They are also particularly light and not quite as strong as their fiberglass counterparts.
Although they can be used by anyone, graphite rods are often favored more by beginners or less experienced anglers.
If you’re looking for a larger catch, you’re probably better off using a fiberglass rod. They are generally a little heavier than the graphite rods, but the weight gap is lessening all the time.
They aren’t as sensitive as the carbon fiber, but if you’ve been bass fishing for a while, you’ll have the experience to know what’s a bite and what’s a false alarm.
One for the more experienced angler, especially if they prefer bigger and heavier game.
One Piece or Two Piece (or more) Rod?
2 or 3 piece rods are good for portability. They can be dismantled and fit into a smaller space, making it much easier to put into your car or just to carry around.
If portability isn’t an issue for you, or you can easily fit a single piece rod into your set of wheels, then it’s best to stick to a 1 piece rod.
They are generally more sensitive and give more control.
What About Rod Power And Action?
These are two characteristics of a rod that need to be considered.
Can be categorized as heavy, medium, or light (or a combination of two medium/heavy for example).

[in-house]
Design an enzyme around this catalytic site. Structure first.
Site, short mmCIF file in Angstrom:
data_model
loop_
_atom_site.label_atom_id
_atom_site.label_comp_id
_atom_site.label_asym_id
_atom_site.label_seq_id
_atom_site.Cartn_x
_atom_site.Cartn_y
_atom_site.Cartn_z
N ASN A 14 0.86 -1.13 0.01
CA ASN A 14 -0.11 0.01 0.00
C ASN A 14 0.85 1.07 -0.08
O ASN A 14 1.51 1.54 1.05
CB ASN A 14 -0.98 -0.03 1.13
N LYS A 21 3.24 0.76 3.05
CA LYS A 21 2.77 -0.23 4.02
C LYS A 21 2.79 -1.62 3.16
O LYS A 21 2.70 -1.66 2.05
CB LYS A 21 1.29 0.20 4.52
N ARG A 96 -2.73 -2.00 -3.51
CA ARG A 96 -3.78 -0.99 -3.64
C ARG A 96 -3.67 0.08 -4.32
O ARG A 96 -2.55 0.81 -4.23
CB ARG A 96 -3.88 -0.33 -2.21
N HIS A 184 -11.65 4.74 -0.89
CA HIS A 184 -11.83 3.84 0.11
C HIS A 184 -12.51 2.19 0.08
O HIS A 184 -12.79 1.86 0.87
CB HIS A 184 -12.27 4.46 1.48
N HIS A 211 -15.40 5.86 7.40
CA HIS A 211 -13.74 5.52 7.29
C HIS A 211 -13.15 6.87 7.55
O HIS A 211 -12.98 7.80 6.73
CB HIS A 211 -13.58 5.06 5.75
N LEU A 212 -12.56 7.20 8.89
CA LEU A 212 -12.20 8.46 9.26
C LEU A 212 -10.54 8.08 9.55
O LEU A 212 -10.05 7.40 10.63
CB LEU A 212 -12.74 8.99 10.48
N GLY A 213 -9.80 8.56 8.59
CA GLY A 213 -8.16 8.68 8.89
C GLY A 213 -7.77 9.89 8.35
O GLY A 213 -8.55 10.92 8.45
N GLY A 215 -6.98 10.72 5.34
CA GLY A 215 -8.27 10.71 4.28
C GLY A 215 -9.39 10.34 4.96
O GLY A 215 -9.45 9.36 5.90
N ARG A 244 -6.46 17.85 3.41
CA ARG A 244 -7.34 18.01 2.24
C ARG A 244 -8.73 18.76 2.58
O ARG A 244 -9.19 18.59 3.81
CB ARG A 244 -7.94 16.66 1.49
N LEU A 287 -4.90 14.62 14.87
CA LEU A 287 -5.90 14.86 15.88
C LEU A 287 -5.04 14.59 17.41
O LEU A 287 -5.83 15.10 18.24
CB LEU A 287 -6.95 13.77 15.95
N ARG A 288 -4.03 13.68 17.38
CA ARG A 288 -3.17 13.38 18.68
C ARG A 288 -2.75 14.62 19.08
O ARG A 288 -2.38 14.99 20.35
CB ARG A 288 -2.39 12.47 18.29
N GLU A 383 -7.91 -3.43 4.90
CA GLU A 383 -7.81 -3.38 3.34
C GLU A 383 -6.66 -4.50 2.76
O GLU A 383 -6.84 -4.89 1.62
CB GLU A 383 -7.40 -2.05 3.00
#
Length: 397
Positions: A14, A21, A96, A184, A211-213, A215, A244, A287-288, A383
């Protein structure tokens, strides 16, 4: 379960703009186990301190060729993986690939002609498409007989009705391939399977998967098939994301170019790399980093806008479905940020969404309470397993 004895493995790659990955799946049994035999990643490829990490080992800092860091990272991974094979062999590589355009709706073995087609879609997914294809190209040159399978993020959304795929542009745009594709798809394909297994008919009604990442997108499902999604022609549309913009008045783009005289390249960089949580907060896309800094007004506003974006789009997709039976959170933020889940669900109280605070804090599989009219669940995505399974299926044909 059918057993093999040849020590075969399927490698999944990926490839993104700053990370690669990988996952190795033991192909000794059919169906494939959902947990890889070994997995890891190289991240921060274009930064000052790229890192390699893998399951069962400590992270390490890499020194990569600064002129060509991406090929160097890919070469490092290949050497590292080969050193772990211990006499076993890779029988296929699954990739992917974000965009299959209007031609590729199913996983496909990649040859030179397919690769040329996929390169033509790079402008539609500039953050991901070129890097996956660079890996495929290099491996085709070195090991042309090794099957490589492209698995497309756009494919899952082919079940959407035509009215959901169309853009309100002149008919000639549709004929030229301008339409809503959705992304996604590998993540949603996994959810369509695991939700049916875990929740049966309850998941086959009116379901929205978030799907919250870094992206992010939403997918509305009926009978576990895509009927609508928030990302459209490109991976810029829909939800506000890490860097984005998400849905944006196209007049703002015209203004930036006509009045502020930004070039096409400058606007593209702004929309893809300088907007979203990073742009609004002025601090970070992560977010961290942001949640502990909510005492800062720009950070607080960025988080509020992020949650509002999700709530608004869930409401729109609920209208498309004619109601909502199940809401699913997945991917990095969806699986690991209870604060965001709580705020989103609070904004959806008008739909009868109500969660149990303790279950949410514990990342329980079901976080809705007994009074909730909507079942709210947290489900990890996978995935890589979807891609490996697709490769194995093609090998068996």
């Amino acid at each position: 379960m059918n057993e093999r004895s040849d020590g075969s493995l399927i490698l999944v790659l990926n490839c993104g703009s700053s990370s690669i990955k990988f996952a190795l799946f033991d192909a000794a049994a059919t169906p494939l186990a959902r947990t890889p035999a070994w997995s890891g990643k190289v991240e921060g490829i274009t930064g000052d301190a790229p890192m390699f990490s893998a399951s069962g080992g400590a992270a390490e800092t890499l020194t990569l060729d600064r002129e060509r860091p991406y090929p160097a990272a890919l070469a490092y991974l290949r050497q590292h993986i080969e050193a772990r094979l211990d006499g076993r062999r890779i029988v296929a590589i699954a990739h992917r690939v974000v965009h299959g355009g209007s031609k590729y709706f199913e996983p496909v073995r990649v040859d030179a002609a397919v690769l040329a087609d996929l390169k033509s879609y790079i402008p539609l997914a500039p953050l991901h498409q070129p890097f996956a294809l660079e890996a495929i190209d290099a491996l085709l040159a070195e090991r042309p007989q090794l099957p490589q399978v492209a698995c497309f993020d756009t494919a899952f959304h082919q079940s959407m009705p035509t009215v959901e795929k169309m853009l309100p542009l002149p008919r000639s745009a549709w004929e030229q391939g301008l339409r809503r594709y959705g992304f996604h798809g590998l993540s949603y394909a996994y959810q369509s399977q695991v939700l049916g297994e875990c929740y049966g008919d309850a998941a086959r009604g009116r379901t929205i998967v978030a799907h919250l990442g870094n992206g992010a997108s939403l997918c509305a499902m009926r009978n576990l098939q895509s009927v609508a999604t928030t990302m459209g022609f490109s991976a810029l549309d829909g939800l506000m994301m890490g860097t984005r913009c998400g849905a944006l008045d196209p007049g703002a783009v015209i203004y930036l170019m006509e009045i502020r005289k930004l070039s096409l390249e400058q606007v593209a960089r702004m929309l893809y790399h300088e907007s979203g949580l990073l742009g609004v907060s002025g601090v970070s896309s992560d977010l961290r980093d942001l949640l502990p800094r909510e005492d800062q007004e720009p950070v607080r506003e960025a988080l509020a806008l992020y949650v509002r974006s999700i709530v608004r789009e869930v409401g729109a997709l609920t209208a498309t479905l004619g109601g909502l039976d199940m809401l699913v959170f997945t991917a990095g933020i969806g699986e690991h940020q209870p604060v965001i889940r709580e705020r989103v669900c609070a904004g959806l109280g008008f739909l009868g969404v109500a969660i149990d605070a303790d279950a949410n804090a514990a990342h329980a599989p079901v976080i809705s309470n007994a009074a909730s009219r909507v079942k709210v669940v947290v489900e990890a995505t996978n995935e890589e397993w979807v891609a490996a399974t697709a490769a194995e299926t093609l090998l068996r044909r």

Basically, heavy power rods are less flexible to bend than medium or light power. So the bigger the fish you intend to catch, ideally the heavier the power needs to be.
We won’t be covering light power rods here as they are more for small bait fish.
Rod action relates to how far down (from the tip) the rod starts bending under pressure. In other word, the shape of the rod when a weight is hanging from it.
This video below explains in detail:
Action is categorized as extra fast, fast, moderate or slow (although some manufacturers refer to action like they do to power – medium, heavy etc, which can be confusing).
Fast action rods (where the rod bends more aggressively close to the tip) are suited for heavy baits, and the slower action rods (where the rod bends more slightly across more of the rod) for light baits.
9 Best Rods For Bass Fishing Reviewed
1: Entsport 2-Piece 7-Feet Casting Rod Graphite Portable Baitcasting Fishing Rod
This 7 ft baitcasting pole is lightweight is made from carbon and comes in 2 pieces. The handle is made from EVA for added comfort.
The 7 guides (6 on piece, 1 on main rod) are resistant against corrosion and are separated to eliminate line-flow friction as much as possible.
Comes with a protective bag.
2: Shakespeare Ugly Stik GX2 Spinning Rod (8-20-Pound Test)
This lightweight spinning rod has been designed to handle up to 20lbs line. It’s 6 ft 6 inches long and is made from both graphite and fiberglass. This helps to improve strength whilst not impeding sensitivity too much.
The handle is made from EVA.